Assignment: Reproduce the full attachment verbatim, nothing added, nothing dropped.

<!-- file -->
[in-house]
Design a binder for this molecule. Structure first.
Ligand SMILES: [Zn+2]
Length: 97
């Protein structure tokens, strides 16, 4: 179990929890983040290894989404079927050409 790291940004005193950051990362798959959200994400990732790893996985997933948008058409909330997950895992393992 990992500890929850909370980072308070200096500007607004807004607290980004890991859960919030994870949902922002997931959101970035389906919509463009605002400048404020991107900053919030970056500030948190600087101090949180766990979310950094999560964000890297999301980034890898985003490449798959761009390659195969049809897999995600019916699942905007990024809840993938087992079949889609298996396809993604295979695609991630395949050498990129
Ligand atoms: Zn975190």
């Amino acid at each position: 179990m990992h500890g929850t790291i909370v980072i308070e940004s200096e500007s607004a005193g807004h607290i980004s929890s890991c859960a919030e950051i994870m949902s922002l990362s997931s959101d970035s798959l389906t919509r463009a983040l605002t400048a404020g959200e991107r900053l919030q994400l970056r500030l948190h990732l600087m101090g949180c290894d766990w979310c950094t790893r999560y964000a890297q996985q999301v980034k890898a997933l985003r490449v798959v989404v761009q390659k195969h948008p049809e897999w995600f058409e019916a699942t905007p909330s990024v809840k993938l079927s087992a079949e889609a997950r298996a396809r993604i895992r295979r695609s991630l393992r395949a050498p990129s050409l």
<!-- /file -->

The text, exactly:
[in-house]
Design a binder for this molecule. Structure first.
Ligand SMILES: [Zn+2]
Length: 97
């Protein structure tokens, strides 16, 4: 179990929890983040290894989404079927050409 790291940004005193950051990362798959959200994400990732790893996985997933948008058409909330997950895992393992 990992500890929850909370980072308070200096500007607004807004607290980004890991859960919030994870949902922002997931959101970035389906919509463009605002400048404020991107900053919030970056500030948190600087101090949180766990979310950094999560964000890297999301980034890898985003490449798959761009390659195969049809897999995600019916699942905007990024809840993938087992079949889609298996396809993604295979695609991630395949050498990129
Ligand atoms: Zn975190």
């Amino acid at each position: 179990m990992h500890g929850t790291i909370v980072i308070e940004s200096e500007s607004a005193g807004h607290i980004s929890s890991c859960a919030e950051i994870m949902s922002l990362s997931s959101d970035s798959l389906t919509r463009a983040l605002t400048a404020g959200e991107r900053l919030q994400l970056r500030l948190h990732l600087m101090g949180c290894d766990w979310c950094t790893r999560y964000a890297q996985q999301v980034k890898a997933l985003r490449v798959v989404v761009q390659k195969h948008p049809e897999w995600f058409e019916a699942t905007p909330s990024v809840k993938l079927s087992a079949e889609a997950r298996a396809r993604i895992r295979r695609s991630l393992r395949a050498p990129s050409l």